The clinical presentation of HPeV infection included fever in all cases, although we found no characteristic duration or intensity of fever for these infections. Irritability was a frequent manifestation in our series, found in more than half of the cases, as was previously described by Vanagt et al. in a series of 89 patients in the Netherlands.18 Clinical sepsis was diagnosed in 30.4% of cases, and we found and association between this diagnosis and both changes in liver function and admission to the ICU. We found exanthema in 17.4%, a proportion that was similar to those described in other case series.19

The results of blood tests are generally nonspecific, with low white blood cell counts and C-reactive protein and procalcitonin levels, as occurs in other viral infections. The absence of pleocytosis is, however, significant, as it occurred in nearly all of the cases, consistent with the findings of other series, including a previous one published by our research group on infections by HPeV and EV in newborns.20,21 In most cases, the time elapsed from the onset of symptoms to performance of lumbar puncture may account for the low cell counts in CSF specimens. We ought to highlight the relevance of the absence of pleocytosis, as in these cases it would be convenient not to discard the CSF sample to assess for the presence of HPeV by PCR, which would make diagnosis possible. Thus, from a clinical standpoint, infection by HPeV presents as FWS and suspected sepsis in most patients, especially the youngest, and with poor general condition, and requires admission to the ICU in many cases, although most patients have favourable outcomes within a few hours, as observed in the cases described here. Meningoencephalitis was only diagnosed in one patient who experienced convulsive seizures and required followup due to the persistence of abnormal activity in the irritative area on encephalography recordings. However, there are studies that have described severe presentations, mainly with encephalitis, which were fatal in some cases.14,19,22

At present, there are no long-term data available on children with a history of infection by HPeV, but multiple studies have reported favourable outcomes in the short term. Still, in a retrospective review of 11 cases of HPeV infection in infants, Verboon-Maciolek et al.23 observed neurodevelopmental delays in 3. In our series, we also observed generally favourable outcomes of HPeV infection in the short term, despite most of our patients being infected by HPeV-3, which is associated with more severe disease. A recent study conducted on a small series of children, most of them born preterm, with severe encephalitis caused by HPeV described neurodevelopmental abnormalities in the long-term followup of these children.24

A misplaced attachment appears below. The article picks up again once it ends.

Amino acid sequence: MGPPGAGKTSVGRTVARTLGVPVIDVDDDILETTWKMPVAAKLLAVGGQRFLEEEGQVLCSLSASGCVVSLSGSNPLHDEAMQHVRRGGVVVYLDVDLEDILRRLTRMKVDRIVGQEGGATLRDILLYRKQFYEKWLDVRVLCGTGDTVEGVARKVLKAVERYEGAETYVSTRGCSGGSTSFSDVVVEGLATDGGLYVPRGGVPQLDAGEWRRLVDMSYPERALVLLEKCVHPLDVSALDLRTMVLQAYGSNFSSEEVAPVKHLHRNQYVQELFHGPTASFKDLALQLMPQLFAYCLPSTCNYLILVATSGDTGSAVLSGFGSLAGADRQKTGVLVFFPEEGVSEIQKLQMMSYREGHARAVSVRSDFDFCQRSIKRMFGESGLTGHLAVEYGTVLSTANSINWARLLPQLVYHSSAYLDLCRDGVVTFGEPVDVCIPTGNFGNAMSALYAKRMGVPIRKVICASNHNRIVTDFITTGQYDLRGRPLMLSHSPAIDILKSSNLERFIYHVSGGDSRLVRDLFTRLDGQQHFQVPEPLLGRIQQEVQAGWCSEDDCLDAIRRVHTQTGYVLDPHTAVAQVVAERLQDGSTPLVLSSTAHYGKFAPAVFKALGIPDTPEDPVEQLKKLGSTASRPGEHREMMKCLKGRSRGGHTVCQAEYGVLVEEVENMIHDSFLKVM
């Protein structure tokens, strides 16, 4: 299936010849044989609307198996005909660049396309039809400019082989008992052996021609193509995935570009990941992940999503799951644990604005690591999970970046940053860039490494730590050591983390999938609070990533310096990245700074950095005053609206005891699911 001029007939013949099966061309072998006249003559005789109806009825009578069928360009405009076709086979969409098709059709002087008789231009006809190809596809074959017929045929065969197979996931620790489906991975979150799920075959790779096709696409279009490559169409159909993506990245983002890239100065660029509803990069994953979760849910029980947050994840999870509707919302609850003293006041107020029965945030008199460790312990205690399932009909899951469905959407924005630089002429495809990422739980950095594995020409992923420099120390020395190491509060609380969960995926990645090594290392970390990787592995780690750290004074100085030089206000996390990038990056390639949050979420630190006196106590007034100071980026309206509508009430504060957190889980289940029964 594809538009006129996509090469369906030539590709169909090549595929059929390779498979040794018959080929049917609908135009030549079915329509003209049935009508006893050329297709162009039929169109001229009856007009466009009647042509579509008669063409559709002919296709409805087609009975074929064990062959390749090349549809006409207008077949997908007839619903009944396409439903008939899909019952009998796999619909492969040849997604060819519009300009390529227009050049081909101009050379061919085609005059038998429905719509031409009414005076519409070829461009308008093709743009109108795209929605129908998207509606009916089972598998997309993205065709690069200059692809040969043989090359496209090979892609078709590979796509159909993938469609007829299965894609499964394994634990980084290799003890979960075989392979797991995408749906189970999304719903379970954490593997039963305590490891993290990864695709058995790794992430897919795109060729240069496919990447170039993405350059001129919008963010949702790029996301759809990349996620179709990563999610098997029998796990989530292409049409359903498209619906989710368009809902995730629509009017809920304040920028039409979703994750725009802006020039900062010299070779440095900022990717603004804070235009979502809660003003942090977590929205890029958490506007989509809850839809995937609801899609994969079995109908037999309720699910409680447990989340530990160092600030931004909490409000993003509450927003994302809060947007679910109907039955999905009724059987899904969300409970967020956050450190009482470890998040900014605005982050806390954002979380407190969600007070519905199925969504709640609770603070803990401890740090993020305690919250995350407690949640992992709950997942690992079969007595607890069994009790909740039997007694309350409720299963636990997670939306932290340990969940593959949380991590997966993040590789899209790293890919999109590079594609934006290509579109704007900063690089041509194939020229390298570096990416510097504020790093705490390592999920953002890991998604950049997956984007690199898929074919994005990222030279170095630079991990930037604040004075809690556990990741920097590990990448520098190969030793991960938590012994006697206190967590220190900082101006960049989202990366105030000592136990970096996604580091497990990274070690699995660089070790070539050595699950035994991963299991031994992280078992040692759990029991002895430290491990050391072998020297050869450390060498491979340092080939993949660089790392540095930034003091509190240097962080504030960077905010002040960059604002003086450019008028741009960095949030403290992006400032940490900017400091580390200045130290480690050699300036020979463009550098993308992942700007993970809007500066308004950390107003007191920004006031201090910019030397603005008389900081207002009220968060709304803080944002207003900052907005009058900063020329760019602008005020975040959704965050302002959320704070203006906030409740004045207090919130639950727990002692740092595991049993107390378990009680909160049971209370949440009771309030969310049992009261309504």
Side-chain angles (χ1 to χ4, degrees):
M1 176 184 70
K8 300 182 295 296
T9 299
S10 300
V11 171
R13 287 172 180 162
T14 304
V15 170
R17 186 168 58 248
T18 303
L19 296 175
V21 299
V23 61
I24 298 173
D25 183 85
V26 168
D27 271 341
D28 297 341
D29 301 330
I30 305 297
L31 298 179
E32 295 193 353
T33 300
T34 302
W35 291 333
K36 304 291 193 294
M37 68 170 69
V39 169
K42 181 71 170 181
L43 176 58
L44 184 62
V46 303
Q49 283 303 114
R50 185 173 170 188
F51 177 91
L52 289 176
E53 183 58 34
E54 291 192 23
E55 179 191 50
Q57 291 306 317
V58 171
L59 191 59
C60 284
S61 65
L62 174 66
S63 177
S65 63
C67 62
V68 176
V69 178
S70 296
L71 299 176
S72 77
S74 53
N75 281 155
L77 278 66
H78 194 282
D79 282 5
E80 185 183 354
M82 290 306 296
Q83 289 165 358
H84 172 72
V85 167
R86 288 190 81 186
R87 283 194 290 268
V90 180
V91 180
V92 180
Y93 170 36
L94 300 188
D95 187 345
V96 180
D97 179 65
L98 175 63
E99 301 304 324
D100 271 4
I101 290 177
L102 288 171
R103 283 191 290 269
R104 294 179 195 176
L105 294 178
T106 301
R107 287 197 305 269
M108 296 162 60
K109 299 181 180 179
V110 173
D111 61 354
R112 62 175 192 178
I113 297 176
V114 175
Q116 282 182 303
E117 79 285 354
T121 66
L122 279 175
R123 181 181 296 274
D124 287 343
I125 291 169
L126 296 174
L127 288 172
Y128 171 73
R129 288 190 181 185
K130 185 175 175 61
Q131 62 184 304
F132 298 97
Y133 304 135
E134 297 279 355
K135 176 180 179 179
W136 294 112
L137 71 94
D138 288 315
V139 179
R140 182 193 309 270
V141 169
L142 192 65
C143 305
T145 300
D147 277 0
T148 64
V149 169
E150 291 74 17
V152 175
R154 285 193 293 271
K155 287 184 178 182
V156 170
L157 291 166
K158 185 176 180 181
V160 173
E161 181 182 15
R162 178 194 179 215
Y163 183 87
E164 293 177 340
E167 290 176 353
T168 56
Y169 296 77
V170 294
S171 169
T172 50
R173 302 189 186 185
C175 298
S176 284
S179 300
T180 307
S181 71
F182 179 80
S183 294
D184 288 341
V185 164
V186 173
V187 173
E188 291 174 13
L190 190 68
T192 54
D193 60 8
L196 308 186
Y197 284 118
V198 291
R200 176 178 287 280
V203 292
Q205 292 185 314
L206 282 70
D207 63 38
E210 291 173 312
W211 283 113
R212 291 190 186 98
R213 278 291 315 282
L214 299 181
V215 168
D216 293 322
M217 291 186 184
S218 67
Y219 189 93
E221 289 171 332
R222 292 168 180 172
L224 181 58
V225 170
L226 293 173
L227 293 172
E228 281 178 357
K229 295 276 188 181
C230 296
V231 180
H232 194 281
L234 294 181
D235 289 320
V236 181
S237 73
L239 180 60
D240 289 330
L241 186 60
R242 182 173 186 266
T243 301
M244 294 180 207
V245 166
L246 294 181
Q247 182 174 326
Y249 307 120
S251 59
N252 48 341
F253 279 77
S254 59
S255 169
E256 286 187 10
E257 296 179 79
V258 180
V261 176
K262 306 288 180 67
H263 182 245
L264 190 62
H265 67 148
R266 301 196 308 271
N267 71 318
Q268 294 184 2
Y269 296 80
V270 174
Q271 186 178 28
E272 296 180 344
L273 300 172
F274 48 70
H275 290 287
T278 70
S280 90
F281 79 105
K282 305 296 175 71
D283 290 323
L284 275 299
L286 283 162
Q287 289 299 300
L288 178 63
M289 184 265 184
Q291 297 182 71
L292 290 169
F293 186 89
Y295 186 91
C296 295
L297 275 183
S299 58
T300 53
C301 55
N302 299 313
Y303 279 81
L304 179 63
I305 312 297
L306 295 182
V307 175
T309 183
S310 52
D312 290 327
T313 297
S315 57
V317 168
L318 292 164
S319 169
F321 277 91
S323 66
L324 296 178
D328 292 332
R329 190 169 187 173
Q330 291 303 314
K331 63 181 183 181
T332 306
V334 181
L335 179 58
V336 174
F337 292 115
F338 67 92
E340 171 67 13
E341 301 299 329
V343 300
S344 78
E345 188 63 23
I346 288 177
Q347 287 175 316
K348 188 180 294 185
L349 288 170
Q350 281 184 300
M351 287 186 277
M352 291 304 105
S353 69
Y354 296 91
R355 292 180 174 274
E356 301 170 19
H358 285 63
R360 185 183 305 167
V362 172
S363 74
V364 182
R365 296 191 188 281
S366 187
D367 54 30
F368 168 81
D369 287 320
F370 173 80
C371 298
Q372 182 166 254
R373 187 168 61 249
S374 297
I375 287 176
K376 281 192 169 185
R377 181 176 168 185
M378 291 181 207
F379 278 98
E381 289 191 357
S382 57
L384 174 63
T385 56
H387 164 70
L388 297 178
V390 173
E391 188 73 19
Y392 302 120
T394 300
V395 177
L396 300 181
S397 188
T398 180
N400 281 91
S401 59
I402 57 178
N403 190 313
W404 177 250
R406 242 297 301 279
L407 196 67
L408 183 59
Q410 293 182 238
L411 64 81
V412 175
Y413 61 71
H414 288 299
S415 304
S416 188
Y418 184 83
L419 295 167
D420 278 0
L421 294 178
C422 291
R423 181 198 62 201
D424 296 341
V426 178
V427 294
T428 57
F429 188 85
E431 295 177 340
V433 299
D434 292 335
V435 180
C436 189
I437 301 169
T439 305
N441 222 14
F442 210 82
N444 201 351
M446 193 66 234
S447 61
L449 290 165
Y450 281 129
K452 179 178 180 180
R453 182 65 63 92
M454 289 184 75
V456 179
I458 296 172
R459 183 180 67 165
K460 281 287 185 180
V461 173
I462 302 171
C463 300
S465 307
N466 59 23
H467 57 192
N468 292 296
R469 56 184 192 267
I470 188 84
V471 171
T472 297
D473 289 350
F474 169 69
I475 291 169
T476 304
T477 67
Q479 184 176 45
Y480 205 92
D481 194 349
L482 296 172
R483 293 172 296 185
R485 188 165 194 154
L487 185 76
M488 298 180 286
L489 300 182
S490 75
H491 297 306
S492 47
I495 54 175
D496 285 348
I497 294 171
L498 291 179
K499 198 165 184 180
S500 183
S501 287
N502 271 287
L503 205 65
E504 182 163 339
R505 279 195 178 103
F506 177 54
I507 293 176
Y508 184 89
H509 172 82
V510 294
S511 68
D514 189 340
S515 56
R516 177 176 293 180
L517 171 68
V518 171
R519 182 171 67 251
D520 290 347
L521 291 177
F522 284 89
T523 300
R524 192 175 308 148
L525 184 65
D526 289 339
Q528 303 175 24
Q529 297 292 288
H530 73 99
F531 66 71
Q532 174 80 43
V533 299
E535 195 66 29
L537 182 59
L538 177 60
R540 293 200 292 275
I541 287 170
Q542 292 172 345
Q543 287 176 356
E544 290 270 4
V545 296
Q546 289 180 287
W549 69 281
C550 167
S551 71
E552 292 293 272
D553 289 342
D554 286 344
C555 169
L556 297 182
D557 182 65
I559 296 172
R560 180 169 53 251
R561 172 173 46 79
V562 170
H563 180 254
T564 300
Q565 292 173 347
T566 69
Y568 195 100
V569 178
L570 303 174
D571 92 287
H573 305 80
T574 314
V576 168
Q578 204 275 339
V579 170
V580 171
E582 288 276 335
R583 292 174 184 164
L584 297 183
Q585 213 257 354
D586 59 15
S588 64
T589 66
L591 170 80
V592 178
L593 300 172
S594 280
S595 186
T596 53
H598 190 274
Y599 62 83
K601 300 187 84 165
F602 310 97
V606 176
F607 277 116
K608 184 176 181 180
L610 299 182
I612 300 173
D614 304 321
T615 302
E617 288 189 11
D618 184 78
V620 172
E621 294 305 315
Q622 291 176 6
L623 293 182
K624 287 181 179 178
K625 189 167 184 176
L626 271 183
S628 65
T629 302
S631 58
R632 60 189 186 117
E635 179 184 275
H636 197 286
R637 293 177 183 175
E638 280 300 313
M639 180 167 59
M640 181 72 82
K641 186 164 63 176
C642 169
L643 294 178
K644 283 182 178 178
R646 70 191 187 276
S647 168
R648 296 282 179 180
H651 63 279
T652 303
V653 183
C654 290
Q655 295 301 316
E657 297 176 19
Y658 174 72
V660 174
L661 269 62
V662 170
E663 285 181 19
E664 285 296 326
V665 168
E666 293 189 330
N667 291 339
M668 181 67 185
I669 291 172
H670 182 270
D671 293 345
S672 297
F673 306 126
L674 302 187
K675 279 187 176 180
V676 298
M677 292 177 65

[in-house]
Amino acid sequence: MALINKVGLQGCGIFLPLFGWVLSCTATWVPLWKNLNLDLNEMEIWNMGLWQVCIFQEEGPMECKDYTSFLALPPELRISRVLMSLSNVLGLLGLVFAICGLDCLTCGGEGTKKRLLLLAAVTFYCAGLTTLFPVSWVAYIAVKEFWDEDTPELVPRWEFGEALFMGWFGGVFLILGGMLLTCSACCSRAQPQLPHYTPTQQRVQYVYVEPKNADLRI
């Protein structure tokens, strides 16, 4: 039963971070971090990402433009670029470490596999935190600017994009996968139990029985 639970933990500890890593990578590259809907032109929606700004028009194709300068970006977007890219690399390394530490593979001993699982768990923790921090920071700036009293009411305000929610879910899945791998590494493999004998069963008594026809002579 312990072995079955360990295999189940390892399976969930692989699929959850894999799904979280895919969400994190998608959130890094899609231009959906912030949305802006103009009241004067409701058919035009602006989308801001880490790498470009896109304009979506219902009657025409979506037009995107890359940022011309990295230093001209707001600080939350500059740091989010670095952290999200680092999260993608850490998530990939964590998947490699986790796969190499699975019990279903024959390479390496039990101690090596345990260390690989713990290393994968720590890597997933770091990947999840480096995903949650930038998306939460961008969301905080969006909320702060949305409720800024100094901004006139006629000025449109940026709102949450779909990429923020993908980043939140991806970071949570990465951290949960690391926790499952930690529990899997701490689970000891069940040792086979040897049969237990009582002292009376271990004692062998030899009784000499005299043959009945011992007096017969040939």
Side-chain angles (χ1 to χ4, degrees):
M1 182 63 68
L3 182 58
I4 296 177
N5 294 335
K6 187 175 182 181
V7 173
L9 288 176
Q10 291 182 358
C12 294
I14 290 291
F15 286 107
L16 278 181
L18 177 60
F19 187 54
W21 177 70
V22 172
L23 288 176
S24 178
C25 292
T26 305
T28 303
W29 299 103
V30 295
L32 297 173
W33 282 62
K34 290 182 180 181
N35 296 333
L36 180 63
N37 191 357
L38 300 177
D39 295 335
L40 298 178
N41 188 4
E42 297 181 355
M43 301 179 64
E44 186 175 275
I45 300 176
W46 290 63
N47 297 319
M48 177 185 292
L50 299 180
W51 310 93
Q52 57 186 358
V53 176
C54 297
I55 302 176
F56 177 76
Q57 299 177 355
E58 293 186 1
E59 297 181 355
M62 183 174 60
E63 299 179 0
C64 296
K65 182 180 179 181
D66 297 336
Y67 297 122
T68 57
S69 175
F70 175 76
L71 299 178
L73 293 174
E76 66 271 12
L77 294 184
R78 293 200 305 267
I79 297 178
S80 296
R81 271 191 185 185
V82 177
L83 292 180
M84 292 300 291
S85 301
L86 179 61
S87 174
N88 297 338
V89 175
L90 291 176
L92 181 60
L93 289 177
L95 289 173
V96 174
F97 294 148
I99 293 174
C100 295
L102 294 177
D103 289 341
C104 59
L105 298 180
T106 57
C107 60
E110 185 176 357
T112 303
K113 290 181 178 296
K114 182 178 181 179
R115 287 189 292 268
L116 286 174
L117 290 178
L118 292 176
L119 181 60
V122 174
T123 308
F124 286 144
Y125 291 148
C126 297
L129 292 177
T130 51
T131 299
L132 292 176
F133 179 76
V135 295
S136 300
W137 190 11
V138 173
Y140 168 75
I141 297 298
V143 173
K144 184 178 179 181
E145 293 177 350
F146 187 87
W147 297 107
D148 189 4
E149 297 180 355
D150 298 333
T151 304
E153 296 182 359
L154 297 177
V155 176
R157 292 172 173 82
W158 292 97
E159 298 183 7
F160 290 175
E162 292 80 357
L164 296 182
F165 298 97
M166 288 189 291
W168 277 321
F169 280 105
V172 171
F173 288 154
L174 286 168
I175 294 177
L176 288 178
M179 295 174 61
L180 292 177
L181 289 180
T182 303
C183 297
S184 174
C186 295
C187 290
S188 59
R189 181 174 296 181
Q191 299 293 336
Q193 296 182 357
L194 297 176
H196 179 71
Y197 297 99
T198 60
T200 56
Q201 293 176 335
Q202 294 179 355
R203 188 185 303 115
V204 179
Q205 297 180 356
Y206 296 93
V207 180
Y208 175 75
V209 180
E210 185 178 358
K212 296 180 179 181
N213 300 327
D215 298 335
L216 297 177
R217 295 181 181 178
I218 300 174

There is also no treatment available for infections by HPeV at present. Intravenous immunoglobulin therapy has been used in severe cases, for instance in the case reported by Wildenbeest et al., 25 in which a patient with dilated cardiomyopathy secondary to HPeV infection was treated successfully. Research is currently underway in the development of monoclonal antibodies against HPeV-1 and 2.26 However, more studies are required to introduce the use of monoclonal antibodies in clinical practice. Furthermore, it would be interesting to develop this type of treatment for HPeV-3, which is associated with the most severe infections. In our series, 90% of children received antibiotic treatment, a rate that went up to 100% in the newborn subset. The development of techniques for early diagnosis and of treatments specifically targeting this virus would help optimise the use of antibiotics, allowing their withdrawal once bacterial infection is ruled out. It is important to keep in mind that a small percentage of cases may involve bacterial coinfection.

We conclude that HPeV-3 is a frequent and relevant cause of FWS and clinical sepsis in young infants. It has a characteristic clinical presentation in infants aged less than 2 months, with fever, irritability, ill appearance and in some cases exanthema. Short-term outcomes are good, although some patients require admission to the ICU.

We believe that knowledge of the clinical characteristics of infection by HPeV and the use of molecular diagnostic methods in every hospital may help improve the management of patients with infection by this virus.


The study was funded by the Fondo de Investigaciones Sanitarias: AES (PI12-00904).

Conflicts of interest

The authors have no conflicts of interest to declare

Appendix A

The members of the Research Group on Infections by Enterovirus and Parechovirus in Children are: Martinez-Almagro C, Trallero G, del Amo E, García-Costa J, Omeñaca M, Sanbonmatsu-Gámez S, Pérez-Ruiz M, Santos-Muñoz MJ, García-García ML, Rey Cao S.

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Please cite this article as: Martín del Valle F, Calvo C, Martinez-Rienda I, Cilla A, Romero MP, Menasalvas AI, et al. Características epidemiológicas y clínicas de los lactantes hospitalizados por infecciones por parechovirus humanos. Estudio prospectivo en España. An Pediatr (Barc). 2018;88:82–88.

Appendix A lists the members of the Research Group on Infections by Enterovirus and Parechovirus in Children.